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The City of Miami Beach Parking Department handles street and lot parking throughout the City, including six multi-level garages. As with all parking structures, public or private, they create liability issues. Cars get vandalized, there are accidents and vehicles get stolen. When any of these things happen, it's the parking garage owner who typically takes the blame.
"The primary reason the Miami Beach Parking Department installed surveillance systems at their garages was to create a documentation system to offset liability claims. However, a secondary use in Miami Beach is to monitor employees, assuring that they are providing the city's citizens with prompt and courteous service," reports Vincent Vento, CEO of ATC International Communications (ACTi), a Miami-based security integrator with projects throughout the southeastern United States and Latin America.
In the U.S., ACTi has customers such as the Shingle Creek Resort and the Ocean One and Ocean Two luxury high rise developments, whose ads are recognized by readers of in-flight publications. In Latin America, projects include Sersaprosa, Central America's largest armed car carrier, Dell Computer Call Centers and Microsoft's Latin American offices.
According to Vento, the Parking Department has management staff in each garage using the surveillance system on a real-time basis to watch over employees working the ticket booths. They want to assure that their employees are interacting with parking garage customers in a friendly and cordial manner.
“It is very important that the Parking Department can document every car that enters and leaves the structure, as well as the driver,” Vento explains. “To act as a deterrent, we don’t hide the cameras. We want them to be visible. As a result, the Department has dramatically reduced car theft and shrunk vandalism incidents.
“There are three basic strategies we use when placing cameras in a parking structure,” Vento informs. “First of all, at each entrance and exit, the surveillance system needs to capture images of the car, the license plate and the face of the driver, going both in and out of the garage. The recorded images provide a record of who was driving the car, a great help in determining claims of theft. And, if there truly was a theft, the system captures the face of the perpetrator.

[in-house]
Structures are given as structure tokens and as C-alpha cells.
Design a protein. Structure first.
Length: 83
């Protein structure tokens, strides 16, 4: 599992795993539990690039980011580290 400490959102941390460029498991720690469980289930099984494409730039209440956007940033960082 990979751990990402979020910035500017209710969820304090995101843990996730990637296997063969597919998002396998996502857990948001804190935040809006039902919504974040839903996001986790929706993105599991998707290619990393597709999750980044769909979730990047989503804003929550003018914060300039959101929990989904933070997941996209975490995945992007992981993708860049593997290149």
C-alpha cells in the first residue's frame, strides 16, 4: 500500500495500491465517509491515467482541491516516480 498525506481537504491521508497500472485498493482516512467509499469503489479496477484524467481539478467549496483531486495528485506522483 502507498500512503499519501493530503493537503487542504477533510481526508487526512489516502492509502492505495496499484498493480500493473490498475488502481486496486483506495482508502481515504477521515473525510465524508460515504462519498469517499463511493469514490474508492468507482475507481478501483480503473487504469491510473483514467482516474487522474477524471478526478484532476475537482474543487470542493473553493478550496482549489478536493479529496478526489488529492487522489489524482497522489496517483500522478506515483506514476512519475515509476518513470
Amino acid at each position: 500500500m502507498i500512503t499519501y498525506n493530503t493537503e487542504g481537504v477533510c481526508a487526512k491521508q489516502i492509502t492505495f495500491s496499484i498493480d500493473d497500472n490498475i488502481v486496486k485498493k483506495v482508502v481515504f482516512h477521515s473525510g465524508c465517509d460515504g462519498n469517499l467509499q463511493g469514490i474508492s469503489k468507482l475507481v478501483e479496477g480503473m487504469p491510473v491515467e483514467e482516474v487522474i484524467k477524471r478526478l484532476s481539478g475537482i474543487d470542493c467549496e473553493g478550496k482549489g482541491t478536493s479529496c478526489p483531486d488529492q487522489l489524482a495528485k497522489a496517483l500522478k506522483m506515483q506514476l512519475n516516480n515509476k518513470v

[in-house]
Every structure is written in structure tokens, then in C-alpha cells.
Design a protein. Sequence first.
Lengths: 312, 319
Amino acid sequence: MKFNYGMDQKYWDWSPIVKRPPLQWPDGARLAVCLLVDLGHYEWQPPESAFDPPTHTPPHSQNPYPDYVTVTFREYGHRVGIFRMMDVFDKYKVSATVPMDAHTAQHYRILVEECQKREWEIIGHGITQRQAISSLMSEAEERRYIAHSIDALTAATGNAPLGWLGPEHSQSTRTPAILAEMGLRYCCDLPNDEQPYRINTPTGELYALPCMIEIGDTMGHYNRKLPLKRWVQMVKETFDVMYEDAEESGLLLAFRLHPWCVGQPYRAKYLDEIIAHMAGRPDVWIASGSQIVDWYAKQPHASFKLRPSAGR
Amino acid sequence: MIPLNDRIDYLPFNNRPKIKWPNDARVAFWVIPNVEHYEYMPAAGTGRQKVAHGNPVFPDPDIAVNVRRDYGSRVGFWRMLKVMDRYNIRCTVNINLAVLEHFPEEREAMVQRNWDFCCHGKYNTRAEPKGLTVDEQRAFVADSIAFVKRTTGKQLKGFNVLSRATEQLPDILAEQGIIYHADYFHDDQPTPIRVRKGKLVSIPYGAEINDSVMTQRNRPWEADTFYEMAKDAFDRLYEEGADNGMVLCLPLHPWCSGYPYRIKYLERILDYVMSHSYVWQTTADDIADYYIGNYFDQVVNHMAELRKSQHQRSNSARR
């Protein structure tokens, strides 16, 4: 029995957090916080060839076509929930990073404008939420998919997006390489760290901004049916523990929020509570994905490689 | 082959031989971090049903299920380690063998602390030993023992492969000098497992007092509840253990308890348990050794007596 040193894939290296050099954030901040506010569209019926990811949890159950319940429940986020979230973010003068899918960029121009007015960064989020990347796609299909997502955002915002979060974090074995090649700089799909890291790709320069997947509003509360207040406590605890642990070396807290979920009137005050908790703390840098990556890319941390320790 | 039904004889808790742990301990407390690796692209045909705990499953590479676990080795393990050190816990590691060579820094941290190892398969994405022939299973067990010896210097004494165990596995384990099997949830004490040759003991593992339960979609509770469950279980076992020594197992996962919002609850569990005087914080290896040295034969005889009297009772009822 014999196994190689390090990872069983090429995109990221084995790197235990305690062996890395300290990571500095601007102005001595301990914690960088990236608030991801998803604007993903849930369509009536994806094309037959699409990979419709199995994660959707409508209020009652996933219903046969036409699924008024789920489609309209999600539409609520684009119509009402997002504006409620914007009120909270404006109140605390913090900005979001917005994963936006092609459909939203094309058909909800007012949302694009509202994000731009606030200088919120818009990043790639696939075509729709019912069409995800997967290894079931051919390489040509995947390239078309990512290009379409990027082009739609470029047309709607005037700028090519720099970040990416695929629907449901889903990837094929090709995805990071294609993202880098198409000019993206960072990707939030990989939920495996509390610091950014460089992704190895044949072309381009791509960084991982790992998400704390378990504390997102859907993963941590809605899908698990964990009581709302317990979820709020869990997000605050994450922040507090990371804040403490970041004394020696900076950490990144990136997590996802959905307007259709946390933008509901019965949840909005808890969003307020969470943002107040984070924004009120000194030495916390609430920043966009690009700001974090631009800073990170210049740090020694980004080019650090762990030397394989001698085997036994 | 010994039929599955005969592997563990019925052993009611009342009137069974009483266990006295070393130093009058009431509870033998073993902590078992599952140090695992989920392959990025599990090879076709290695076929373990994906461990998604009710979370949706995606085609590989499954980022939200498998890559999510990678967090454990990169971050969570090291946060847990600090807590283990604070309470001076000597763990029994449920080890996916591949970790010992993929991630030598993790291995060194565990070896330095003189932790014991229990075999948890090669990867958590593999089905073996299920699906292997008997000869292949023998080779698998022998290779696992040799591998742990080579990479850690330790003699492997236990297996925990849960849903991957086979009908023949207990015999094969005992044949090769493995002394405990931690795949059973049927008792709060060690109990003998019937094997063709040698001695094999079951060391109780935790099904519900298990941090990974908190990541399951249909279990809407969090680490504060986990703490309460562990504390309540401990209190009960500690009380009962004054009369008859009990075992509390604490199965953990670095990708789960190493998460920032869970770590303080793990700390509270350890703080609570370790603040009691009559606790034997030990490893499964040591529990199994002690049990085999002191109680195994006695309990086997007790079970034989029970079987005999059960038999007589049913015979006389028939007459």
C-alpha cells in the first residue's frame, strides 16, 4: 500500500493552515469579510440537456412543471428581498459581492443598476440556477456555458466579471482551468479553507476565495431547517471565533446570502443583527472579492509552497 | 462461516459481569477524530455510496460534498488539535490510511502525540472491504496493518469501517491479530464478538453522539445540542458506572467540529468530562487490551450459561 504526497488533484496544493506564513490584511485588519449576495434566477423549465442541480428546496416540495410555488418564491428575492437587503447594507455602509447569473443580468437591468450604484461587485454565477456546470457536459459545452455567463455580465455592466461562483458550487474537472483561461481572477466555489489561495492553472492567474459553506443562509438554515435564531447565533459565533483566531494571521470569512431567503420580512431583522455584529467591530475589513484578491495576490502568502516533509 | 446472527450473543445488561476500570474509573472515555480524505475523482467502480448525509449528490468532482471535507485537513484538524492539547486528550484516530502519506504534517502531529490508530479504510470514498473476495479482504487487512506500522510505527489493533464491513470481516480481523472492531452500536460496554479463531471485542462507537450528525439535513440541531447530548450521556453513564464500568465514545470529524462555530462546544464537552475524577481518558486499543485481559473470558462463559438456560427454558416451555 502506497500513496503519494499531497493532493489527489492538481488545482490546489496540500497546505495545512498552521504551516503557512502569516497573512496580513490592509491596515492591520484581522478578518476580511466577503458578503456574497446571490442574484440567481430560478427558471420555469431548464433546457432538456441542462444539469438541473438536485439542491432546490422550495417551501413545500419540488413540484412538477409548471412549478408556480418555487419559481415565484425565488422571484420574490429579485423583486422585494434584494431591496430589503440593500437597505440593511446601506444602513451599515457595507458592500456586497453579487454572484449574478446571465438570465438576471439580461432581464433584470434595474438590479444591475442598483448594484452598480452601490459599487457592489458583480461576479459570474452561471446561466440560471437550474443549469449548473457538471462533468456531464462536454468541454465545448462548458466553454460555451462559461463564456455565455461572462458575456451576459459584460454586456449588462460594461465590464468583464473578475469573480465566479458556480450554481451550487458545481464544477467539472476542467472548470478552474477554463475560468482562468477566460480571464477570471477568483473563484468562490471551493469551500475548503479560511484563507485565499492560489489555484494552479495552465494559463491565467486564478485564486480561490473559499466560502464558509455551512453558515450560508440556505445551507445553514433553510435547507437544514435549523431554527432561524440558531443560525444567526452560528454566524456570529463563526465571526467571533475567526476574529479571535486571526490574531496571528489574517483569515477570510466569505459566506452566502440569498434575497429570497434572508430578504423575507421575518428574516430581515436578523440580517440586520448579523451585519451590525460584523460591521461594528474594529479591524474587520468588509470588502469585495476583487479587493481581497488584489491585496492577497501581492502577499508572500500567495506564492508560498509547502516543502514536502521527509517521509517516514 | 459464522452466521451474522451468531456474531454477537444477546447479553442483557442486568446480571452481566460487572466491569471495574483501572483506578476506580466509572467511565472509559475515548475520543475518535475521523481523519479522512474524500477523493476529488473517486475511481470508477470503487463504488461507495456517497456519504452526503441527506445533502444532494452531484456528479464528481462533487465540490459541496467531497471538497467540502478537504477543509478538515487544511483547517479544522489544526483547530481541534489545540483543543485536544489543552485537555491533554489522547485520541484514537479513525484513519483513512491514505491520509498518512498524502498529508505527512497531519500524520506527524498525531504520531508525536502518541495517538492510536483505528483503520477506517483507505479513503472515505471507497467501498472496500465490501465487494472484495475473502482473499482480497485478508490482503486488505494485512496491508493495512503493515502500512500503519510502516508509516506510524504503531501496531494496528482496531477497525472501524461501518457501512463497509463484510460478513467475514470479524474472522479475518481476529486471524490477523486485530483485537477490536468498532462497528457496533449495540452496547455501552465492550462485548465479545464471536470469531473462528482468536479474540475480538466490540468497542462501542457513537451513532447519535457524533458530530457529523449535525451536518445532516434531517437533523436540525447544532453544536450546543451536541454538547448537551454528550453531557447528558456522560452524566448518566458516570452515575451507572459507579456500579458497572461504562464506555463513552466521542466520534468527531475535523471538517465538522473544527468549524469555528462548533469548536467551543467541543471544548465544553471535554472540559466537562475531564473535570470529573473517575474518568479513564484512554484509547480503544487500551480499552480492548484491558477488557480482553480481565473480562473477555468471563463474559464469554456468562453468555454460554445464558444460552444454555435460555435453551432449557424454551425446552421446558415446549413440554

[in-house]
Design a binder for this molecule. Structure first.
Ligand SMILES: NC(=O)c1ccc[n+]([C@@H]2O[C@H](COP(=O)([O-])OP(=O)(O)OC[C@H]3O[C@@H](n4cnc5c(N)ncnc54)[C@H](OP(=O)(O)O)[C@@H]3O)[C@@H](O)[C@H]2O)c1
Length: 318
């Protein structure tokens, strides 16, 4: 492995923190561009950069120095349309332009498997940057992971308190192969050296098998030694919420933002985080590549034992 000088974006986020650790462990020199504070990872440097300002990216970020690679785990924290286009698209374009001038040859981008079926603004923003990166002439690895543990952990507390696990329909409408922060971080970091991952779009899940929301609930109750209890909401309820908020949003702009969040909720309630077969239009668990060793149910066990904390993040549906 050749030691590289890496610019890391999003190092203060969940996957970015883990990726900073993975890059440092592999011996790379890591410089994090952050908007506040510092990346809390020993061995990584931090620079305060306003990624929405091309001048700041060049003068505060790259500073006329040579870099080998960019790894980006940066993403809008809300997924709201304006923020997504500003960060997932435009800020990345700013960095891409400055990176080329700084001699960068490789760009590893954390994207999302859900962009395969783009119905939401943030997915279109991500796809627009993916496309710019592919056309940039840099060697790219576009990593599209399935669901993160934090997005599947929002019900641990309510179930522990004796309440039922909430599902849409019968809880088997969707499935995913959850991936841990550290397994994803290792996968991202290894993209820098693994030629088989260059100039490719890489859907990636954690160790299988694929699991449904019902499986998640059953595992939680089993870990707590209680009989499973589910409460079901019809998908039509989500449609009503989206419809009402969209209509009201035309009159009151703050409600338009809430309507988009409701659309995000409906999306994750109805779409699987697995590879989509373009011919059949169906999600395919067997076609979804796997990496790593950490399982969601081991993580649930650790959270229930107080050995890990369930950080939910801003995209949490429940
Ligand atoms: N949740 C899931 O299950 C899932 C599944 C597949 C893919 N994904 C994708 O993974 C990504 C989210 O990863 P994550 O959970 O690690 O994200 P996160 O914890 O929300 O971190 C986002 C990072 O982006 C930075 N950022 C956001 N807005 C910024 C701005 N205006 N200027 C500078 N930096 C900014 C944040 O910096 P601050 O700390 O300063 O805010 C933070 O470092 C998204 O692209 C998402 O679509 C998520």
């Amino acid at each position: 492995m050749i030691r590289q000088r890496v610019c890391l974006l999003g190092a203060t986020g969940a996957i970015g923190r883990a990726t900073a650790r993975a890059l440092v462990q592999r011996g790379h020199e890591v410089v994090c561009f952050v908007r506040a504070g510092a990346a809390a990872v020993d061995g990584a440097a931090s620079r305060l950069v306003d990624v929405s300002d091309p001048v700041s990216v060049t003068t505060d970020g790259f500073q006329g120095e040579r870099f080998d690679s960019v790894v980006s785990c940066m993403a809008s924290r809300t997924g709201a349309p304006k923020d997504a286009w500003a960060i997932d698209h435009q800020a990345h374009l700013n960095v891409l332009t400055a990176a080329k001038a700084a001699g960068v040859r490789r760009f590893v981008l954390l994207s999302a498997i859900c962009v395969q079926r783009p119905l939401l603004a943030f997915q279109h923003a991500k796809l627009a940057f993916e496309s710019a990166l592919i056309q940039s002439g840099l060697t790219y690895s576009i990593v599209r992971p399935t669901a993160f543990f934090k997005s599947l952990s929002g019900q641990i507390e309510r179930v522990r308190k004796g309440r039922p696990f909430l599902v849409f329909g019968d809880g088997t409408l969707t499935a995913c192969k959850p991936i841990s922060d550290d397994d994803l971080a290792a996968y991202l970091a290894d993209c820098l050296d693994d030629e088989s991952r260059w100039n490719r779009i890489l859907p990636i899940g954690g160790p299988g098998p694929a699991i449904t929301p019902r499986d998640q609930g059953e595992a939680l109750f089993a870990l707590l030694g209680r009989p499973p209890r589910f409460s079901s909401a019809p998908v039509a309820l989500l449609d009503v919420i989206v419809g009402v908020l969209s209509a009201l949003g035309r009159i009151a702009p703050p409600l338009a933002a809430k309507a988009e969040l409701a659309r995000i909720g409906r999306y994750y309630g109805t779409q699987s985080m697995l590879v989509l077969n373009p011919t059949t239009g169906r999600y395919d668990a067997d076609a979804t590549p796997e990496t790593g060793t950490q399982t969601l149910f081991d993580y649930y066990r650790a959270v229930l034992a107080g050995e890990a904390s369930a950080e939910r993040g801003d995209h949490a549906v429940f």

“Secondly, cameras need to cover all main driveways in and out on all floors,” Vento says. “It’s at the turn points where most accidents occur. With the recorded video, there is documentation of who was at fault, a great help to careful drivers and their insurance companies.
“Lastly, cameras need to be recording video on all down ramps,” Vento adds. “This is where the majority of vandalism incidents occur. With a clear image of the perpetrator, law enforcement is provided a tool to find and convict the vandal.
“We’re using Infinova analog cameras at the parking structures,” Vento says, “for several reasons. Analog is being used because the original implementation was installed when analog was really the only way to go. At present, budgets don’t allow us to upgrade to digital. However, we’re prepared to do so since we’ve installed Infinova encoders and decoders on the cameras to provide digital signals.
“Also, in anticipation of future expansion to digital, the analog cameras are using CAT 5 cabling to the Infinova servers,” Vento adds. “When we ultimately add IP cameras, there will be no additional transmission costs.